The same day of his arrival in Beijing for the Olympics, President Bush is carrying a message of "deep concerns" about the state of human rights in China and urging the communist nation to allow political freedoms for its citizens.
"America stands in firm opposition to China's detention of political dissidents, human rights advocates and religious activists," Bush will declare in the marquee speech of his three-nation Asia trip. "We speak out for a free press, freedom of assembly and labor rights — not to antagonize China's leaders, but because trusting its people with greater freedom is the only way for China to develop its full potential."
Bush delivers the address in a Bangkok, Thailand, convention center Thursday morning to a crowd of foreign diplomats, Thai government leaders and business officials, before flying to China later that day.
Bush arrived in Bangkok on Wednesday evening, and then traveled immediately to a meeting with Thai Prime Minister Samak Sundaravej. The White House released the text of the president's speech earlier Wednesday, nearly 18 hours in advance, as Bush traveled to Thailand from South Korea.
The speech was planned as a summary of what Bush says is the "stronger engagement" with strategically crucial Asia that has marked his presidency. But his remarks on China, among his most directly critical ever in public, stand out.
He says he has built a relationship with China's leaders — through opposing independence for Taiwan, cooperating in negotiations over North Korea's nuclear program and sharing economic interests, for example — that has allowed him to be "honest and direct" on sensitive internal matters.
"I have spoken clearly, candidly and consistently with China's leaders about our deep concerns over religious freedom and human rights," Bush says in the prepared text.
Earlier Wednesday, during a news conference in Seoul with South Korean President Lee Myung-bak, Bush said China's pre-Olympics crackdown on dissent has been "a mistake."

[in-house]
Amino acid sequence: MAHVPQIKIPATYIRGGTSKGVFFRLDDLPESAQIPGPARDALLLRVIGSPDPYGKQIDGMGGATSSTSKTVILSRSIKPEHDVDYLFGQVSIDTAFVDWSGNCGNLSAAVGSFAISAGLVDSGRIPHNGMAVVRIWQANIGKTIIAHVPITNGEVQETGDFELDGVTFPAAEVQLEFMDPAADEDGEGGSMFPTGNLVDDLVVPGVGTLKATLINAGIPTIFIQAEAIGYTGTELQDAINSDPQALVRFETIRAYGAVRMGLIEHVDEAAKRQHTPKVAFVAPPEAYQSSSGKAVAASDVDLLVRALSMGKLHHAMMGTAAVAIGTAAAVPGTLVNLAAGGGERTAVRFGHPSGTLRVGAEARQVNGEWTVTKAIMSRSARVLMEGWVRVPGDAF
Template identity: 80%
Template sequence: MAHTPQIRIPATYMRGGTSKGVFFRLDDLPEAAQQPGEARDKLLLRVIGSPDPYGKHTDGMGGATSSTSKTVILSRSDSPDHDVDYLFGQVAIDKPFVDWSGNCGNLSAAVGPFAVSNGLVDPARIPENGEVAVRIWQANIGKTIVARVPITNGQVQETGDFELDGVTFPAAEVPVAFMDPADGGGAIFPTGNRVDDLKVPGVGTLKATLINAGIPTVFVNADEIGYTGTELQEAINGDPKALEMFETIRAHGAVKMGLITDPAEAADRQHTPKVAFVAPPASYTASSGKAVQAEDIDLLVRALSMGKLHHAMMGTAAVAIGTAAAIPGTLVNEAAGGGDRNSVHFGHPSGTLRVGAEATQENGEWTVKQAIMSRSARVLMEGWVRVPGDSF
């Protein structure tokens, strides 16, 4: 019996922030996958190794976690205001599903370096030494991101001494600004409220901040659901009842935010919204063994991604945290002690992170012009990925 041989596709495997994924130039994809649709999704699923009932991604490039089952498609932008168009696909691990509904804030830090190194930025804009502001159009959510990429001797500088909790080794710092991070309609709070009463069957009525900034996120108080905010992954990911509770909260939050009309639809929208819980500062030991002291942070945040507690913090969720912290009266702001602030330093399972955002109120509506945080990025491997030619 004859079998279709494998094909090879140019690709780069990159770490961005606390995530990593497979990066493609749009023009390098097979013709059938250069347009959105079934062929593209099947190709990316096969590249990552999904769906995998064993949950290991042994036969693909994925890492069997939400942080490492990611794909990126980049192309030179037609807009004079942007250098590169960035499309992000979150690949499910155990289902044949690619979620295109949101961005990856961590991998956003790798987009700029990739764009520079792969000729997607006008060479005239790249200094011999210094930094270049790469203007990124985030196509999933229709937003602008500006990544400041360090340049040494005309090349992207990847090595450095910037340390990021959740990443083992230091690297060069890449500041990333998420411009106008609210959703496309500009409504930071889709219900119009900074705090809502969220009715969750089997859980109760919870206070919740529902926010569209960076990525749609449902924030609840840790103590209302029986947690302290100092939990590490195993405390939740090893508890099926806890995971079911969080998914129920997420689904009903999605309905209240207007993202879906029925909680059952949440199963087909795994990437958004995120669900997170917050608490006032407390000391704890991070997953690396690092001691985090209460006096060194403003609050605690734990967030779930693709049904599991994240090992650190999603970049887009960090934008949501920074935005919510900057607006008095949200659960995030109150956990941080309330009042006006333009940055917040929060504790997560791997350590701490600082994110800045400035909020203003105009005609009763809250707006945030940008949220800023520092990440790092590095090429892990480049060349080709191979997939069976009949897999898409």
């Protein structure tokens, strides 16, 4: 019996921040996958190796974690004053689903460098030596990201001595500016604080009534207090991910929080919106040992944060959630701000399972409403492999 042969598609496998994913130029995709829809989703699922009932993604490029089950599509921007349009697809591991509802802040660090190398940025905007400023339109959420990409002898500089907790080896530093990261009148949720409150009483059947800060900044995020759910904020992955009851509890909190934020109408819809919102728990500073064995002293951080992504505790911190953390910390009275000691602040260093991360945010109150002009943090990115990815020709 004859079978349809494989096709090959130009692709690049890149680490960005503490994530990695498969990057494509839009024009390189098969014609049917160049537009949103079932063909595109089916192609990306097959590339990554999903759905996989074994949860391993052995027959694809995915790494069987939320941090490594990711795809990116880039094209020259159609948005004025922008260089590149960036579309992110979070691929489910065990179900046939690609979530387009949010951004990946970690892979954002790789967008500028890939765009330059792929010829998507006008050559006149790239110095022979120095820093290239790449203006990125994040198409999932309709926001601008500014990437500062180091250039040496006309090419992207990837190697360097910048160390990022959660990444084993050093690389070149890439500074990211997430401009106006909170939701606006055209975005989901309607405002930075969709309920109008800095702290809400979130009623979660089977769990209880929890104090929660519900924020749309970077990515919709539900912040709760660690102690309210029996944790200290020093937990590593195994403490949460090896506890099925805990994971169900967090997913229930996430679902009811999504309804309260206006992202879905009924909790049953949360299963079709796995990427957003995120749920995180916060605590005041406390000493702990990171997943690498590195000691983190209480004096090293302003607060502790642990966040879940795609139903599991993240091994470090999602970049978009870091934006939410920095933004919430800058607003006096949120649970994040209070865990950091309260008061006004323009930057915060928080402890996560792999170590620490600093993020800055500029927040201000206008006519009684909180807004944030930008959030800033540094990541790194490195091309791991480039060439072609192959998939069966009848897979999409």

The communist country considers the Olympics a source of huge national pride and is pulling out all stops to ensure no embarrassments. It has rounded up dissidents, detaining some. Journalists covering the games have objected to restrictions on Internet sites, worried about possible censorship.
Bush objected, saying, "You ought to welcome people being able to express their minds."
In Thursday's speech, the president is softening his message somewhat by saying any changes in China would have to come "on its own terms and in keeping with its own history and traditions."
"Ultimately only China can decide what course it will follow," he says.
Still, his strong words are likely to anger the leadership in Beijing.
Bush already drew the ire of Chinese officials by meeting ahead of his trip at the White House with prominent Chinese exiles and dissidents.
Bush has made clear that while he is going to Beijing mostly as an Olympics fan, he would talk frankly with Chinese President Hu Jintao during their private meetings. It was also known that he would speak publicly about religious freedom after attending a Beijing church service and that the White House was trying to arrange other meetings while he is in Beijing over four days.
In addition, White House press secretary Dana Perino said the U.S. would protest China's decision to deny a visa for former Olympic speed skater Joey Cheek, who was planning to travel to Beijing to urge that the Chinese government help make peace in the war-torn Darfur section of Sudan.